Chimaltenango

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Chimaltenango
Chimaltenango
Chimaltenango
Flag of Chimaltenango
Flag
Chimaltenango is located in Guatemala
Chimaltenango
Chimaltenango
Location in Guatemala
Chimaltenango is located in Chimaltenango
Chimaltenango
Chimaltenango
Location in Chimaltenango Department
Coordinates: 14°39′44″N 90°49′15″W / 14.66222°N 90.82083°W / 14.66222; -90.82083Coordinates: 14°39′44″N 90°49′15″W / 14.66222°N 90.82083°W / 14.66222; -90.82083
Country Flag of Guatemala.svg Guatemala
Department Vlagchimaltenango.gif Chimaltenango
Government
 • Mayor Carlos Alexánder Simaj[1]
Population (2002)
 • Total 43,900
Climate Cwb

Chimaltenango is a town in Guatemala of some 43,900 people (as of 2002)[citation needed]. It serves as both the capital of the department of Chimaltenango and the municipal seat for the surrounding municipality of the same name. Chimaltenango stands some 35 miles west of Guatemala City, on the Pan-American Highway. The municipal capital produces textiles and pottery and is also the home of the Rose Education Foundation, a non-profit organization working to make educational opportunities available to children living in rural areas in Guatemala.

History[edit]

In Pre-Columbian times what is now the city of Chimaltenango was known as B'oko' . Like many other cities in the area, the Spanish Conquistadores used the name given by their Nahuatl speaking allies from central Mexico. The Nahuatl name was Chimaltenanco, or Shield-Town. The current town was found in 1526 by Spanish conquistador Pedro de Portocarrero, and shortly after it was assigned by bishop Francisco Marroquín to the Order of Preachers, along with Jocotenango, Jilotepeque, Sumpango, Candelaria, Amatitlán, Petapa, Mixco and Pinula.[3] The general areas with under the jurisdiction of "Valle de Pasuya" (English: Pasuya Valle) in those days, which had nine valleys, among them the Chimaltenango Valley;[4] this valley bordered with Xilotepeque valle on the northwest, with Mixco valley on the East, with Guatemala on the North and with Sololá Prinvice on the West.[4] Furthermore, the Valle of Pasuya had to mayor municipalities: Chimaltenango —which covered Chimaltenango, Xilotepeque and Alotenango valleys—, and Sacatepéquez —which covered the rest.[5]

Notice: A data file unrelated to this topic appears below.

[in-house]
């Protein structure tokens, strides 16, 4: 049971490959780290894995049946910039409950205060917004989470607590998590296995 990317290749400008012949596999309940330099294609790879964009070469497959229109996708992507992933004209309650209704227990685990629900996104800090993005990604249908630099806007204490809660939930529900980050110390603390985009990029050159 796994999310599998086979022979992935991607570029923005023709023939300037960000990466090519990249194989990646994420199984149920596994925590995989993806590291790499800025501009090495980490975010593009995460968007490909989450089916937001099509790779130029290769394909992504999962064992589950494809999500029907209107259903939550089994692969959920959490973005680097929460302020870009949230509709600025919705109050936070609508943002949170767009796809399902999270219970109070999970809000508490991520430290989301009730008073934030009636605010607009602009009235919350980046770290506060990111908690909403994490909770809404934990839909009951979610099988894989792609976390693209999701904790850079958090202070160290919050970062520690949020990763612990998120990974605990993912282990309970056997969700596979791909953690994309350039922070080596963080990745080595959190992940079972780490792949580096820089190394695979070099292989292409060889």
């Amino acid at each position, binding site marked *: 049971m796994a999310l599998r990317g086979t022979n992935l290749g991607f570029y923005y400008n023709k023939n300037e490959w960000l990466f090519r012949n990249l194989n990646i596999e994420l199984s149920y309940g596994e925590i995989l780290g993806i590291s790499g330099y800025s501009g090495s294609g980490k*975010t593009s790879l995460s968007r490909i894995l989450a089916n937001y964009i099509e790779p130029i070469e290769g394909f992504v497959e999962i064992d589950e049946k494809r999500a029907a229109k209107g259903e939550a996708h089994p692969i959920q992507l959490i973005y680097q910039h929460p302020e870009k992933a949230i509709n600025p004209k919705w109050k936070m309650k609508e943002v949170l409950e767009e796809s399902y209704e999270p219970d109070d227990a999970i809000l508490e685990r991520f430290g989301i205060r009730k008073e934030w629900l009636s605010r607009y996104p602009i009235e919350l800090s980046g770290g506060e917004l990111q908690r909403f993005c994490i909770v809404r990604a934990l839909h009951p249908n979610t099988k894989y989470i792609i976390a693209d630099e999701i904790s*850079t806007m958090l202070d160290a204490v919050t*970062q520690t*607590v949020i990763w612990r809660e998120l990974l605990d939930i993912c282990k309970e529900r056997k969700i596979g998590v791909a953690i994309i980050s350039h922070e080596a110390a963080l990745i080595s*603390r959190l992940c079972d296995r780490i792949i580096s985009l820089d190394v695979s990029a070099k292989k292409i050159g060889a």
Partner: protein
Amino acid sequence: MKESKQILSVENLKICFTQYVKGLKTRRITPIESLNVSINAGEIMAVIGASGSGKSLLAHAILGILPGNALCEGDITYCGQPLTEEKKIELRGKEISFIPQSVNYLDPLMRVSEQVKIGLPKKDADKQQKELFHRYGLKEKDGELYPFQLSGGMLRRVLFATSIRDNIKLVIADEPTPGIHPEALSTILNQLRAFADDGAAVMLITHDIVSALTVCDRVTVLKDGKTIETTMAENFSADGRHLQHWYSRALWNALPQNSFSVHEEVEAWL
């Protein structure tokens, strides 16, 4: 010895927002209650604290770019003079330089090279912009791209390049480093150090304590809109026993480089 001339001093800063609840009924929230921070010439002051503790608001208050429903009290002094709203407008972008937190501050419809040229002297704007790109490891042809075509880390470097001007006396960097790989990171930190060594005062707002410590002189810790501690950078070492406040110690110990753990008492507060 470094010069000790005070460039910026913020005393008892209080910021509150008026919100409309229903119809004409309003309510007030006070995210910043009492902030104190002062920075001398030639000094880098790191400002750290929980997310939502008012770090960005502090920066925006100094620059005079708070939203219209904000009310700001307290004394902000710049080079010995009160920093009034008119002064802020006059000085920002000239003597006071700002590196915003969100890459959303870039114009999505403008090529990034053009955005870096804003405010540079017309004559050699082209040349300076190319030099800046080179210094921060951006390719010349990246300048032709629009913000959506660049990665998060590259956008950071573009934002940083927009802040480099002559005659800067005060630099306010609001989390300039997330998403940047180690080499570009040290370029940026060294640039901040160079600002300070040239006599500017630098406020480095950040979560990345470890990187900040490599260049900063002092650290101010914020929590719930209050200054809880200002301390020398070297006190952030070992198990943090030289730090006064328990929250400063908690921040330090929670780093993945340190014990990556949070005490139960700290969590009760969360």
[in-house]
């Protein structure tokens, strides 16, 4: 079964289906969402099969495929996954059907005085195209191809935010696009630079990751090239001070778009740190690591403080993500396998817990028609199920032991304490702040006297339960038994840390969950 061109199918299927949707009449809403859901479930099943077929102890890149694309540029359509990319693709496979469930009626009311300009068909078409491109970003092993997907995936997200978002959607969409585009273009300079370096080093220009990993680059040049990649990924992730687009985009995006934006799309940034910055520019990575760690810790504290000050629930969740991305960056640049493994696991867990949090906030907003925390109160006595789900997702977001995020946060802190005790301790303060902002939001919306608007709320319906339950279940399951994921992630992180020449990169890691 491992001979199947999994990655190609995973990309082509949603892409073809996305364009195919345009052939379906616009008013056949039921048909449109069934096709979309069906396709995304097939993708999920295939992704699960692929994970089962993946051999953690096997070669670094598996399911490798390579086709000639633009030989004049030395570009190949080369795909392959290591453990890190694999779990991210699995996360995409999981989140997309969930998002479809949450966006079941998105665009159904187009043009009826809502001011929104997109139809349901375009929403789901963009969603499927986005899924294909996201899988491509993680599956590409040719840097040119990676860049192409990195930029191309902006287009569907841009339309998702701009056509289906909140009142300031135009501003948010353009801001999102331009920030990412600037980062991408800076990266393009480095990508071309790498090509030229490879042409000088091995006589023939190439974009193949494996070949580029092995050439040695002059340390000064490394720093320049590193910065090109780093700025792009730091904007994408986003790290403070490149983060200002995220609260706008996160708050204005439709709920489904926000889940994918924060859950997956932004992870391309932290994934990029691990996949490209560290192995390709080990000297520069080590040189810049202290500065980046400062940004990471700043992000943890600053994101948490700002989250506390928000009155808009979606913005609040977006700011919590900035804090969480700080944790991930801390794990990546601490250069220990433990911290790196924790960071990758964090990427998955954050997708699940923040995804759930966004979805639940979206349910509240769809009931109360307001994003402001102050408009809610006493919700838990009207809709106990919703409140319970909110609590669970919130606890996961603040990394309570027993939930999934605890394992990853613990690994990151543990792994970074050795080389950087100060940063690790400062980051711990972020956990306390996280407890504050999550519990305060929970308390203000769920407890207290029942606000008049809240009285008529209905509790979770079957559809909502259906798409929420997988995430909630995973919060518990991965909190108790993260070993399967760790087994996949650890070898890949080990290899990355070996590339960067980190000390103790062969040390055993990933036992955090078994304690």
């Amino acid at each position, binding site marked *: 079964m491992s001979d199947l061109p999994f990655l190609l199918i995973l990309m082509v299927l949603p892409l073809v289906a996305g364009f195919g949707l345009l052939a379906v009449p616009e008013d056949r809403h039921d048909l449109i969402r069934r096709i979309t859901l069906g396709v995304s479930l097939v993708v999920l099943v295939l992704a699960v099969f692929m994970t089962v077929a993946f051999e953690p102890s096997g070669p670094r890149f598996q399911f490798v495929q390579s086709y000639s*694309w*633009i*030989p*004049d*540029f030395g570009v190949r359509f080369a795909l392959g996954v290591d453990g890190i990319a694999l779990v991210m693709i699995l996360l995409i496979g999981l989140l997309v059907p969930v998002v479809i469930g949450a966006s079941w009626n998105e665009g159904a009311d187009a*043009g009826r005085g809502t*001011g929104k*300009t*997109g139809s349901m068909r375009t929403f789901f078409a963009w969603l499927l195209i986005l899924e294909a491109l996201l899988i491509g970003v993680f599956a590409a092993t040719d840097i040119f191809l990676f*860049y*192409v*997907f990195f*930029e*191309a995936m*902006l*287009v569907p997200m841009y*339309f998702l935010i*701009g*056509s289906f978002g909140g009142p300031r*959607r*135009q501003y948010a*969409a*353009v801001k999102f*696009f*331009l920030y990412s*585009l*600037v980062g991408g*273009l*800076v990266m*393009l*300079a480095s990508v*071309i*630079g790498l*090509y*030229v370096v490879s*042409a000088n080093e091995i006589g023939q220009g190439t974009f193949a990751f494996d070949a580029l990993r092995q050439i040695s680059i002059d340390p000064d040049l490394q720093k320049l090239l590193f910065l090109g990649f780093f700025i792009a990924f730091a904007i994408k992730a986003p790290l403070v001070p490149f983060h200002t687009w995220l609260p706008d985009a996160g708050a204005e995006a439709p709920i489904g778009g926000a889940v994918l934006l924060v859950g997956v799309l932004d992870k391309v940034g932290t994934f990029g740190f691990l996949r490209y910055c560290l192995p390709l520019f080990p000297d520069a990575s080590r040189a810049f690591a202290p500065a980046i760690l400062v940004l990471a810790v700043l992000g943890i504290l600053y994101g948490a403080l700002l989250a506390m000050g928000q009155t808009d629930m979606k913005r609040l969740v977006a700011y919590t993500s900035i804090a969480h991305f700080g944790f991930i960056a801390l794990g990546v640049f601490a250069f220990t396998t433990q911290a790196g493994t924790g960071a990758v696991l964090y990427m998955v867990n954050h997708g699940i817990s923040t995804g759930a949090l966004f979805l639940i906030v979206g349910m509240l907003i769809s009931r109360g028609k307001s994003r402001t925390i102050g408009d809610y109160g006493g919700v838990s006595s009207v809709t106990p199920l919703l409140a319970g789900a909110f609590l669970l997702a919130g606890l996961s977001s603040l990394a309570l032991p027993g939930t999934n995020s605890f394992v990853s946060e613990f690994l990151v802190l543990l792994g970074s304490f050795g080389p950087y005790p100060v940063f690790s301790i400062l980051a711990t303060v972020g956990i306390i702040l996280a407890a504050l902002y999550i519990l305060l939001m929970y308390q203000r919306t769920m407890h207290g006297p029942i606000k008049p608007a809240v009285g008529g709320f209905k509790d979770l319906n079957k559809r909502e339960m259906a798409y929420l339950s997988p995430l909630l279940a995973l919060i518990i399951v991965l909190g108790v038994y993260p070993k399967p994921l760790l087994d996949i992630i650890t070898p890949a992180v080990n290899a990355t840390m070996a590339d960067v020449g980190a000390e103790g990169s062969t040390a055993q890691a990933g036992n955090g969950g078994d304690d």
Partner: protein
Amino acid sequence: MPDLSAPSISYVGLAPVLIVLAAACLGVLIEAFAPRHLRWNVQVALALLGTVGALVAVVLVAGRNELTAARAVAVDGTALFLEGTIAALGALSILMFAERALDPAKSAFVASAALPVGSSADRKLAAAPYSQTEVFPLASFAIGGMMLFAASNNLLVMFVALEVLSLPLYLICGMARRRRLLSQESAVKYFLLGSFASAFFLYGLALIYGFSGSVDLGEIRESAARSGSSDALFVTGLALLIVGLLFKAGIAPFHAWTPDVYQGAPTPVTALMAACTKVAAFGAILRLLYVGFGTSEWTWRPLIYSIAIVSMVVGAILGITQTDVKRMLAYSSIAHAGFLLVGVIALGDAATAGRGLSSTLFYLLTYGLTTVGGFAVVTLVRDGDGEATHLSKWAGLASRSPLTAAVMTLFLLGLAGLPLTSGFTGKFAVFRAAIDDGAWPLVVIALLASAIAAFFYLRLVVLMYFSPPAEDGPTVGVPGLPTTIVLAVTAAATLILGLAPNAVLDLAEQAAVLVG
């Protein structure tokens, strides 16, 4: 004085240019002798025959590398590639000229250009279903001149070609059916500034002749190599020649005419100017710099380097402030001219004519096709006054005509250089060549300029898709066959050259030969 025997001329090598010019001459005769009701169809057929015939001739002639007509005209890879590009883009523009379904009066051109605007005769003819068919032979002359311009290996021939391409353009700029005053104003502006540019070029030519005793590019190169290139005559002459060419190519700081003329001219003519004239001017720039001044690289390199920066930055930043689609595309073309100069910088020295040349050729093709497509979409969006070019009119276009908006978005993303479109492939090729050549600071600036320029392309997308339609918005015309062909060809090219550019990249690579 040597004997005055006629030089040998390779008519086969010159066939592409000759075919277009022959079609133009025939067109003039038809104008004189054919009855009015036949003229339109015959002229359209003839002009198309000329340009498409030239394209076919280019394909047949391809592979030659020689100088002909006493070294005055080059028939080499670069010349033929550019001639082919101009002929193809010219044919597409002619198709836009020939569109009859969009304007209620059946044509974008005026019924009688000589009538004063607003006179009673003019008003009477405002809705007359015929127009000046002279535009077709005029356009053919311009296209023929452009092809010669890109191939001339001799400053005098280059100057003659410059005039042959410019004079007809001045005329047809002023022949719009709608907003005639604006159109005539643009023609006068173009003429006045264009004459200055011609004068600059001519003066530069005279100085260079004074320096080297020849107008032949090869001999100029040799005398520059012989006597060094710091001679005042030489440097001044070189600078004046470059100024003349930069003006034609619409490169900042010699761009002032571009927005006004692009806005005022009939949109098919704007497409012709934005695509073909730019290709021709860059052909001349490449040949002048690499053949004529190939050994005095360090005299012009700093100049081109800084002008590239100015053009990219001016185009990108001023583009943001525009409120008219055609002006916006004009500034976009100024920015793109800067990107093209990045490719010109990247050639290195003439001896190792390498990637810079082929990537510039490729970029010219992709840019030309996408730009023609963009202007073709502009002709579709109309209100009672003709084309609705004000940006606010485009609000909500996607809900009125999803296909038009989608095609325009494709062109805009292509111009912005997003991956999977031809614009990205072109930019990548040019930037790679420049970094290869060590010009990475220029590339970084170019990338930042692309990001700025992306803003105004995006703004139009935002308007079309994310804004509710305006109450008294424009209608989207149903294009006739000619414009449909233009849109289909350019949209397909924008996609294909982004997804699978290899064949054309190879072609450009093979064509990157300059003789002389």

After the independence from Spain in 1821, the town was elevated to "villa" status in 1825 but apparently lost some luster, as one can infer from archeologists Alfred Percival Maudslay wife's description from a trip there in 1895. Anne Cary Maudslay, wrote: "We were not tempted to loiter for long, and rode on again over the dull plain to the [...] uninteresting town of Chimaltenango, where we proposed to spend the night. The hotel was dirty and the bedrooms so unpleasant that we would have none of them, and sent Gorgonio to hunt for an empty room in which we could put up our own beds. This he found in a "meson", or caravanserai, attached to the hotel, where there was a goodsized room and a rough kitchen opening on a patio in which we could turn the beasts loose for the night. A sprinkling with water, a good sweeping,and a free use of Keating's powder, soon made the room habitable. The supper at the hotel was, however, far above the average, and the only thing to complain of was the poor forage supplied to the mules.". [6]